The parka clad woman looked back into the bar. That guy was hitting on another woman. Sloppy and stumbling, he said basically what he had screamed at her. He took another long drink of… something brown and dark. She knew that guy was going to get himself killed. He was either going to wreck whatever shit-heap he drove or shoot himself accidentally. Hopefully he would only shoot himself. It wasn't her job to make sure he got home okay. She had her own problems. Lynn forced the door shut.


Lynn swore she would never come back to Alaska. She hated this place. The cold, it got to her. She had spent the last eleven years where the weather shifted and got used to semi-normal seasons. Her dad would have taken the term ‘normal’ personally. He loved Alaska and was heartbroken when she left to live her own life. She couldn't stay forever, Lynn told him. She didn't think that would be the last time she saw him. She couldn’t have known.

The storm was getting intense. These rural roads were hell on a good day, but this was not a good day… well, night at this point. She just wanted to get to her dad's cabin. He left it to her in his will. It was the only thing he left her. Lynn's brother got everything else. Of course, he did. Her brother never left. Derrick was perfect, and everyone in the family just loved him. His only sister, not so much.

Lynn needed to be alone after what happened in New York. After what Allun did, she just needed to be away from everyone. Just for a while. She started to cry again. “Goddammit,” she said out loud. “You're not going to let him hurt you anymore,” she said, wiping the moisture from her cheeks.

She was having a hard enough time seeing without crying her eyes out. The snow was really picking up. She slowed down below twenty miles per hour. Her headlights could barely cut through the white static in front of her.

THUD! Lynn heard it. She felt it. Her bumper collided something. Oh my god, she thought. Lynn eased on her brakes to come to a controlled stop. Even if she hit someone, slamming on her brakes and sliding around wildly was likely to get her killed too. Did she hit a person? Surely not. Who the hell would be out in this blizzard? No, she thought. Lynn exited her car. Snow and ice hit her in the face with a dozen little stings. She pushed her way through the blistering wind and sleet.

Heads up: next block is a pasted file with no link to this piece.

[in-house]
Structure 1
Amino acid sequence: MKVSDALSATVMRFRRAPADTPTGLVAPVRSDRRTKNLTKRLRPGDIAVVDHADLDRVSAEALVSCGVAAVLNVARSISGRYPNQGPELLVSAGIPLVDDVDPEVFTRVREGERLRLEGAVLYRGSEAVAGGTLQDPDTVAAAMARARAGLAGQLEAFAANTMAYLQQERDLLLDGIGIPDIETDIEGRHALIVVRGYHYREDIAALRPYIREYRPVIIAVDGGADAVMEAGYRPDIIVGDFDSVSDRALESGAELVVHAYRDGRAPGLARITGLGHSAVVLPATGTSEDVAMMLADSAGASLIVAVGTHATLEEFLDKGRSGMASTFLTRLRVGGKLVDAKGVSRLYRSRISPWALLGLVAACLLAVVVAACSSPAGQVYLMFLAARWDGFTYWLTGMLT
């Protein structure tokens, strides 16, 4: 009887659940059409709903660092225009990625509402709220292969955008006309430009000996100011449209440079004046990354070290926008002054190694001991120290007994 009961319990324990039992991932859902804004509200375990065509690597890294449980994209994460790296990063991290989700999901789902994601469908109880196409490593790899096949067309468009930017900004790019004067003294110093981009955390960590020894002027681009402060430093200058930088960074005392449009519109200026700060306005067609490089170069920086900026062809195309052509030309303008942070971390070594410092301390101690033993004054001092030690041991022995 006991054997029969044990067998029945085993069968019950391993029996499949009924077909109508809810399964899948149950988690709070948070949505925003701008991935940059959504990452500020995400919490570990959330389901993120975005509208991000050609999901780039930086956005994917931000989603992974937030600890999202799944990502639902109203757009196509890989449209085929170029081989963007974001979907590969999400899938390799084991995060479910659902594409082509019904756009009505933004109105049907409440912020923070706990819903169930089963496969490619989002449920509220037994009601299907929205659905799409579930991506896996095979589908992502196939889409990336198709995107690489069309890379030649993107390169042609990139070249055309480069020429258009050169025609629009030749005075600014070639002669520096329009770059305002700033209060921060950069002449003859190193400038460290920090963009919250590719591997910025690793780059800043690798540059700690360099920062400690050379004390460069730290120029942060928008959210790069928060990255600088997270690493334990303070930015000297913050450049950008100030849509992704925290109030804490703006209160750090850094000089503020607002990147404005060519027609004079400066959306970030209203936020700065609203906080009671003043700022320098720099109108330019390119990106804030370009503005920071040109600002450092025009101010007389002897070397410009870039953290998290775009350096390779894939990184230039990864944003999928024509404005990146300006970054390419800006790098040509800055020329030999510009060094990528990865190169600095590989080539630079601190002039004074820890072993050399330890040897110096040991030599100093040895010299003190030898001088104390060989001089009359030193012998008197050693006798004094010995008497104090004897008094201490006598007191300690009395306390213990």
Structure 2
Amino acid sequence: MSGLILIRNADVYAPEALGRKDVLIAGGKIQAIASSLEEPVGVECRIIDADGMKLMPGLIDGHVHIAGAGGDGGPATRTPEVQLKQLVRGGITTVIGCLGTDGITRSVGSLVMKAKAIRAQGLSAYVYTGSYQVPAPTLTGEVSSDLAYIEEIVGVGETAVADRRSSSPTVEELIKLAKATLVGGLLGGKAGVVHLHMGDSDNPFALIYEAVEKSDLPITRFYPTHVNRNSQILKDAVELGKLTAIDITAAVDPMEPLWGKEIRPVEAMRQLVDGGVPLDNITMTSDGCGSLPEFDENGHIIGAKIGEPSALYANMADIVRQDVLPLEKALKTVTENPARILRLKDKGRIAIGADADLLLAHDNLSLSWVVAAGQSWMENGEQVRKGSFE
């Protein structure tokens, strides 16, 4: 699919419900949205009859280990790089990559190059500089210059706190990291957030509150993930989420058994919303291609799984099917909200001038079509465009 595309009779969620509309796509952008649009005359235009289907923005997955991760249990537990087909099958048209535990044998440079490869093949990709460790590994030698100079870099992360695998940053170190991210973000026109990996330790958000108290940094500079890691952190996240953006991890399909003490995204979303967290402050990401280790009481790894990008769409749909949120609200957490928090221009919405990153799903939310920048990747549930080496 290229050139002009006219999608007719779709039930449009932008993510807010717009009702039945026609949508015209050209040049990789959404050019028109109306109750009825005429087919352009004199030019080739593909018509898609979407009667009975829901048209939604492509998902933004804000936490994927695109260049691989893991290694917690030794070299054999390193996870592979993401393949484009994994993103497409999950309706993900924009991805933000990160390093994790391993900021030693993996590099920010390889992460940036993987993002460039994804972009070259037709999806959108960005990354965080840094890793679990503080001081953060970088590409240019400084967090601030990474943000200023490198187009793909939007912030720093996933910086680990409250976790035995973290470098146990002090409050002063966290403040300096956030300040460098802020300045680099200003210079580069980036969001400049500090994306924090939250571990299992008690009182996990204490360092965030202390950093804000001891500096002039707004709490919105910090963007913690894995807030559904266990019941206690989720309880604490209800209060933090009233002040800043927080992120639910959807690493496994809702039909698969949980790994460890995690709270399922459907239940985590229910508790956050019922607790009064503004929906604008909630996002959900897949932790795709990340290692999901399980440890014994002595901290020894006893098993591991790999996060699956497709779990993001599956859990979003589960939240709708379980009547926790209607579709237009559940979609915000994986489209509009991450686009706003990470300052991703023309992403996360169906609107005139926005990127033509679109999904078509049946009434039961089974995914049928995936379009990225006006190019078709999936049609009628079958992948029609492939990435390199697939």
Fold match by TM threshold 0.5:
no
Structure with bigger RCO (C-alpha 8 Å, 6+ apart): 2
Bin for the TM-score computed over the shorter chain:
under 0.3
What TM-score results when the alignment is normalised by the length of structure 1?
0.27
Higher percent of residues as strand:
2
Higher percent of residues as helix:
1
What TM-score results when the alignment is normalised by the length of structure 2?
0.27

The figure on the ground looked like a person, “Oh shit. No, no, no,” she said frantically. "Mister?" She could tell it was a man as she crept closer, and she noticed he was breathing. She felt a bit relieved, but he could still be seriously injured.

She noticed something else as she was right on top of him. The man was naked. Completely buck-ass naked. "The hell?" She bent down to check his pulse. He isn't going to last long like this, she thought. Why the hell is he naked? Maybe this is like a mob hit or something. Alaska style. Throw someone out in a blizzard and let them freeze. That's silly, she dismissed the idea. It didn't matter. She needed to get him in the car and get him to a hospital.

The man's eyes sprang open, and he leapt up to his feet. The naked man grabbed Lynn’s arms and slammed her against the car. He was so strong. “What the hell happened? Who are you?” he said, shaking his head. He tried to clear his head from the car impact. “Did you hit me with your goddamn car?”

“It was an accident. I couldn't see. Are you okay?” she squeaked out. She was scared for a totally new reason now. This guy was crazy. She tried to wriggle out of his grasp, but his hands acted like vice grips. Not just for a naked skinny guy in the middle of a blizzard but strong for any person. She couldn’t budge an inch.

The man let go of her and grabbed his head. With her newly acquired freedom, Lynn backed up as the man yowled into the frigid night, "It's too late," he said, whipping his head around. His eyes shifted from brown to a glowing bright yellow. "I put it off for too long. I can't control it." Lynn heard bones cracking in the man's body as he screamed in agony. "Guess you'll have to do, lady." He gave her a sinister stare as his incisors grew a few inches in front of her eyes. Blood started to pour out of the man's mouth as the tendons and muscles in his body shifted in a grotesque manner. The skin next to his toothy grin split from the side of his cheek as he let out an inhuman shriek. A distorted howl.

Lynn ran to her driver's side door. The contorted, naked man was distracted as he... whatever was happening to him. She put her foot on the accelerator as hard as she could but only spun out. Lynn momentarily forgot what it was like to drive in real snow. The frantic woman gently put her foot down and got traction. Lynn went around the man as she swore she saw his head was stretching. Every inch of change audibly fractured his bones and ripped his flesh. His teeth were sharp and jagged. Those yellow eyes burned through her with insatiable hunger.